4.4 The State party further argues that its actions must be understood in the context of the international efforts. to apprehend persons involved in the illegal traffic of drugs, which must be seen as an international crime subject to universal jurisdiction.

Issues and Proceedings before the Committee

5.1 When considering the communication at its thirty-third session, the Committee concluded, on the basis of the information before it, that the conditions for declaring the communication admissible had been met and that it raised issues under the Covenant that should be examined on the merits. The author had not submitted the matter for examination elsewhere and there were no effective remedies available in the Dominican Republic which the author could or should have pursued.

5.2 On 11 July 1988 the Committee declared the communication admissible and invited the State party to make its written submission on the merits of. the case, in accordance with article 4, paragraph 2, of the Optional Protocol, not later than by 26 February 1989. The State party was further requested to forward to the Committee the text of Law No. 489 on extradition, a copy of the decision to extradite Mr. Giry as well as the text of the relevant laws and regulations governing the expulsion of aliens. Under cover of a note dated 5 October 1989, the State party forwarded a copy of law No. 489. By telefax dated 10 July 1990, the State party asked for an extension of time to furnish other documentation. The Committee understands this request as pertaining to the State party's stated intention of furnishing the records of the United States District Court in Puerto Rico in the court case against the author. It deems it unnecessary, however, to have access to such court records for the consideration of the issues before it.

5.3 The Committee has considered the present communication in the light of all the information provided by the parties. It observes that although the communication concerns an individual suspected of involvement in serious crimes, and later convicted of having perpetrated the very same offences, his rights under the Covenant must be respected.

5.4 The Committee has noted that the author has invoked a number of provisions of the Covenant, which he alleges to have been violated in hi. s case. The Committee observes, however, that the facts as placed before it, basically raise issues under article 13 of the Covenant. It will limit itself to those issues.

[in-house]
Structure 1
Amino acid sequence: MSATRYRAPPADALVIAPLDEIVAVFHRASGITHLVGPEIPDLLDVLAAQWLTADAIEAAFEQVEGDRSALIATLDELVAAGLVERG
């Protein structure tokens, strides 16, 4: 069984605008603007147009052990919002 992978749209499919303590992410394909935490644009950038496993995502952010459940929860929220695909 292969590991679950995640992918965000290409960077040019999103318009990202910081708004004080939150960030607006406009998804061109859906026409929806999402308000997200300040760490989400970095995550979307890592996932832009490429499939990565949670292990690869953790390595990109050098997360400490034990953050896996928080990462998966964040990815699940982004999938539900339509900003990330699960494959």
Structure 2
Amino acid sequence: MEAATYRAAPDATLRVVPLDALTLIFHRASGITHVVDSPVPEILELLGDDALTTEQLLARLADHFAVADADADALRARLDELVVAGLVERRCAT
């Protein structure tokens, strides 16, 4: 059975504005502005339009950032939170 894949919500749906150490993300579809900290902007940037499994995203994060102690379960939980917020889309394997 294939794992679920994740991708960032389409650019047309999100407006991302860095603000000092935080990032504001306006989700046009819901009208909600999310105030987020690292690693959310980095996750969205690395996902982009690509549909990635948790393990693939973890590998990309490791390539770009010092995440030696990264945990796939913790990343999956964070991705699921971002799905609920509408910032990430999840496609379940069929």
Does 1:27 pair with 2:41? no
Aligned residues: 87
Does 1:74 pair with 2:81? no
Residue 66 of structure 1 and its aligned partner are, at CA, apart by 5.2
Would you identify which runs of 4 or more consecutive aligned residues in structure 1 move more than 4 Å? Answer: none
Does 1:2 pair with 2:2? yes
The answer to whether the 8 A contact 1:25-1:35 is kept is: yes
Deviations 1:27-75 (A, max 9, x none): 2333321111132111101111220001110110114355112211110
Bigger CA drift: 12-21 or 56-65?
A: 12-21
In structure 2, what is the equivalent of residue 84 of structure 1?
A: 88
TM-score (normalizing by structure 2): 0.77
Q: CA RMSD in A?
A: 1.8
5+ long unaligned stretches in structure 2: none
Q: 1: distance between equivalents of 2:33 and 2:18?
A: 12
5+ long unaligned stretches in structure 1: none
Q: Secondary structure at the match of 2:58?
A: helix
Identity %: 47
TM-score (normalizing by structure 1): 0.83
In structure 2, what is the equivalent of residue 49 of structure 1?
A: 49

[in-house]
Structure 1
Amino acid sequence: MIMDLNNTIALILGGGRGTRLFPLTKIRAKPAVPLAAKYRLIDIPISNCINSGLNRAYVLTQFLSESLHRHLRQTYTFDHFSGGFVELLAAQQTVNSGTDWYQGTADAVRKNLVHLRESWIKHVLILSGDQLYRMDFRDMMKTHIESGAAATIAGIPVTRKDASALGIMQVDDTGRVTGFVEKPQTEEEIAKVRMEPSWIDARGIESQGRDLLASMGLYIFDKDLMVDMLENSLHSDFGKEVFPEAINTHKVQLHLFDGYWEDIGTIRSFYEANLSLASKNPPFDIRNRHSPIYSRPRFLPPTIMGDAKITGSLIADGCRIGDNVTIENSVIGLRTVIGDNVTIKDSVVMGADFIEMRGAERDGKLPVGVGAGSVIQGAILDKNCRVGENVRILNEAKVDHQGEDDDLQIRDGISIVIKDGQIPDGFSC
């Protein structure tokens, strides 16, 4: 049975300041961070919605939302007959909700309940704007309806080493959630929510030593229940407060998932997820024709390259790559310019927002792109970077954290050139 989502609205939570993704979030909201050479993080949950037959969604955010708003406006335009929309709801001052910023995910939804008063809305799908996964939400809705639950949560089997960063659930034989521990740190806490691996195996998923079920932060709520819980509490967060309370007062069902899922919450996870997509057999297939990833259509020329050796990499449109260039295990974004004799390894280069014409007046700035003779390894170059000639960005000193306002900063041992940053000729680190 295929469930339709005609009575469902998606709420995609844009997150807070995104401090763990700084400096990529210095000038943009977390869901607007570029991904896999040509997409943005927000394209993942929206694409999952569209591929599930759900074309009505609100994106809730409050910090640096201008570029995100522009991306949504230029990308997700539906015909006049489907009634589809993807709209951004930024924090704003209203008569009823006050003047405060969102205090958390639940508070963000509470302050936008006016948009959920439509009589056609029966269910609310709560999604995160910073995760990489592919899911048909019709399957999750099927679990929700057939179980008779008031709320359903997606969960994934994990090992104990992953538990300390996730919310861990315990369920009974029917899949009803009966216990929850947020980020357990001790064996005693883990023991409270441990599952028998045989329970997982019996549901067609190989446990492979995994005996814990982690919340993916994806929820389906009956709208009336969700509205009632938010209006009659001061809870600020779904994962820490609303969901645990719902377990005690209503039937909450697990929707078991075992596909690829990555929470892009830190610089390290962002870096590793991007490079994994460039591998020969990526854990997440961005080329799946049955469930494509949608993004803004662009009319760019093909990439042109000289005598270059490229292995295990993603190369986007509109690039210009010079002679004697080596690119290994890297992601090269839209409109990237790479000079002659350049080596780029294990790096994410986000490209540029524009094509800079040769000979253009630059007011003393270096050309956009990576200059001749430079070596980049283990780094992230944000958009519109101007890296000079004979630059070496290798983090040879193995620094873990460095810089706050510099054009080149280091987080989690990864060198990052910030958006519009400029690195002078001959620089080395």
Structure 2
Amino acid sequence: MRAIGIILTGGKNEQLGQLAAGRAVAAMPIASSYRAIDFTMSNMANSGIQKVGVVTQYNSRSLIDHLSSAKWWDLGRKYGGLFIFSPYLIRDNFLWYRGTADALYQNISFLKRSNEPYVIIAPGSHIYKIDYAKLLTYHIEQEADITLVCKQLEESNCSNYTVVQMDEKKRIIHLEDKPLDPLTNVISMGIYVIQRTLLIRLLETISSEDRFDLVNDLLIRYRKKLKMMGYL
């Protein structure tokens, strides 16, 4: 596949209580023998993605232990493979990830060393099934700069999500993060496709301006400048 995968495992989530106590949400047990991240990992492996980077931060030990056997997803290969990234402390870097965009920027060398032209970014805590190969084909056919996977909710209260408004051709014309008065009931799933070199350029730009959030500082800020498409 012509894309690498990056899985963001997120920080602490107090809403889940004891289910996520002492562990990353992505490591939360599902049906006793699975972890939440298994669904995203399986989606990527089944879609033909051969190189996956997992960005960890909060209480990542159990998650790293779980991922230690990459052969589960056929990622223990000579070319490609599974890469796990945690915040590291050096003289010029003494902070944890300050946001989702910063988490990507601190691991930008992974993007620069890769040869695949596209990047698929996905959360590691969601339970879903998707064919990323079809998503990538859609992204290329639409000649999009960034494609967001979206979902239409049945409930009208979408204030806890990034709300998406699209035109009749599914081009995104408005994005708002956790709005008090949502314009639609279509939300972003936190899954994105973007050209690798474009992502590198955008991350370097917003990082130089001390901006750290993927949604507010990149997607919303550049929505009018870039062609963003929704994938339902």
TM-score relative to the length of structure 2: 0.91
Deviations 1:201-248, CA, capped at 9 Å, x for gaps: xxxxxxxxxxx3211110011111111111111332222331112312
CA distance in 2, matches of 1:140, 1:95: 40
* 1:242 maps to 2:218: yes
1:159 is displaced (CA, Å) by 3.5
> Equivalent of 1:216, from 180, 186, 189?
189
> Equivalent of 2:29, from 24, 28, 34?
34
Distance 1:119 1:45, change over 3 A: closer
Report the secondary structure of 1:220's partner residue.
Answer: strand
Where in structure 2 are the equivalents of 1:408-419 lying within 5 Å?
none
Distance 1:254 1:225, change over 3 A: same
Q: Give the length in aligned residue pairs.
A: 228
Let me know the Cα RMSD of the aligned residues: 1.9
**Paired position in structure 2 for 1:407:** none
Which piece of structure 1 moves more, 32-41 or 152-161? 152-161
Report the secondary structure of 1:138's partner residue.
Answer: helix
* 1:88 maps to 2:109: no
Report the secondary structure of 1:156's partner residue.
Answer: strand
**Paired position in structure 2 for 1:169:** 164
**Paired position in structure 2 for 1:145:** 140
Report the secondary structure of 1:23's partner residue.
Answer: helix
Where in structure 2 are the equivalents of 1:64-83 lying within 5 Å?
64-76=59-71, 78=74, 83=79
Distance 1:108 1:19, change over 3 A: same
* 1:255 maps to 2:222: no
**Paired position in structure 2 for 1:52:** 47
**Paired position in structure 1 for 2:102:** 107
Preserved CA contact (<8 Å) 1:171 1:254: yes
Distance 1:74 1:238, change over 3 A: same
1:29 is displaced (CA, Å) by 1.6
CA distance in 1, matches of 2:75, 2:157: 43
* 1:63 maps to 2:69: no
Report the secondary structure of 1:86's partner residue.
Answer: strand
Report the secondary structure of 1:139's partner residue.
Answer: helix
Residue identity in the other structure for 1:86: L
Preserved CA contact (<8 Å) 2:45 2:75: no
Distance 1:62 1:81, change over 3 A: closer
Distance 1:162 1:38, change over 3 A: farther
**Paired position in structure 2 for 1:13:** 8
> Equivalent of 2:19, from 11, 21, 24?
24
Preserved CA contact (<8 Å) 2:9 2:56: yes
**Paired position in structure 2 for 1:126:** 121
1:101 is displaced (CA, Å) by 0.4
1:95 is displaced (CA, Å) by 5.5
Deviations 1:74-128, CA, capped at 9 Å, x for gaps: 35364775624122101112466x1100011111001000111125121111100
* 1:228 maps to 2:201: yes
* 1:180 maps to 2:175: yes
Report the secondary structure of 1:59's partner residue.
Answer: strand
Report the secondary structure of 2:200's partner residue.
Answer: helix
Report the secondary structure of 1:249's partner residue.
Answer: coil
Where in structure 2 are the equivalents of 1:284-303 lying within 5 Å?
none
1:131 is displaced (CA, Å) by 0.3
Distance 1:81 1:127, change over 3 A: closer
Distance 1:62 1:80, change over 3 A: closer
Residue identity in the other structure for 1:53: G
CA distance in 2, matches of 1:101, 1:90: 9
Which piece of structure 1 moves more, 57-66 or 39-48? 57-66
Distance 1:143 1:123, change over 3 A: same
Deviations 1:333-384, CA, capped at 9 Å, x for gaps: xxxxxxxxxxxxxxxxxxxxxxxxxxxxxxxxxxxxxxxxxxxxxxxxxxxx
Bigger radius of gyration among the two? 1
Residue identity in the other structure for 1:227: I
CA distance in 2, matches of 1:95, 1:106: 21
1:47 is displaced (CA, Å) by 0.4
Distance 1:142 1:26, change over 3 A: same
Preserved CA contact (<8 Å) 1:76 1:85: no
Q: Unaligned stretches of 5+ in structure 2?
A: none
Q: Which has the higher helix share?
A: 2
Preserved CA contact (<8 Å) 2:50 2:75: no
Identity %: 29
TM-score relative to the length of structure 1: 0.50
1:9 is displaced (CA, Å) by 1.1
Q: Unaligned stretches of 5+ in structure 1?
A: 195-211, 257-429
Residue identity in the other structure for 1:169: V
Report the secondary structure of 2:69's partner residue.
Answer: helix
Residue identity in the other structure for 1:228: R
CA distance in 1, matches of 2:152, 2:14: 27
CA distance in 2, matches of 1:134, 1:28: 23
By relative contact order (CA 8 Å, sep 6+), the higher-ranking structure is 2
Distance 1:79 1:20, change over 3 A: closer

5.5 The State party initially submitted that the author was deported from Dominican territory on the basis of an extradition treaty between the Dominican Republic and the United States of America. The State party has also referred to the action as expulsion. Regardless of whether the action against the author is termed extradition or expulsion, the Committee confirms, as it has done i. n its general comments on the provision in question", that "expulsion" in the context of article 13 must be understood broadly and observes that extradition comes within the scope of the article, which provides:

"An alien lawfully in the territory of a State party to the present Covenant may be expelled therefrom only in pursuance of a decision reached in accordance with law and shall, except where compelling reasons of national security otherwise require, be allowed to submit the reasons against his expulsion and to have his case reviewed by, and be represented for the purpose before, the competent authority or a person or persons especially designated by the competent authority."

The Committee notes that, while the State party has specifically invoked the exception based on reasons of national security for the decision to force him to board a plane destined for the jurisdiction of the United States of America, it was the author's very intention to leave the Dominican Republic at his own volition for another destination. In spite of several invitations to do so, the State party has not furnished the text of the decision to remove the author from Dominican territory or shown that the decision to do so was reached " in accordance with law" as required under article 13 of the Covenant. Furthermore, it is evident that the author was not afforded an opportunity, in the circumstances of the extradition, to submit the reasons against his expulsion or to have his case reviewed by the competent authority. While finding a violation of the provisions of article 13 in the specific circumstances of Mr. Giry's case, the Committee stresses that States are fully entitled vigorously to protect their territory against the menace of drug dealing by entering into extradition treaties with other States. But practice under such treaties must comply with article 13 of the Covenant, as indeed would have been the case, had the relevant Dominican law been applied in the present case.

6. The Human Rights Committee, acting under article 5, paragraph 4, of the Optional Protocol to the International Covenant on Civil and Political Rights, is of the view that the facts as presented disclose violations of article 13 of the International Covenant on Civil and Political Rights and that the State party has an obligation to ensure that similar violations do not occur in the future.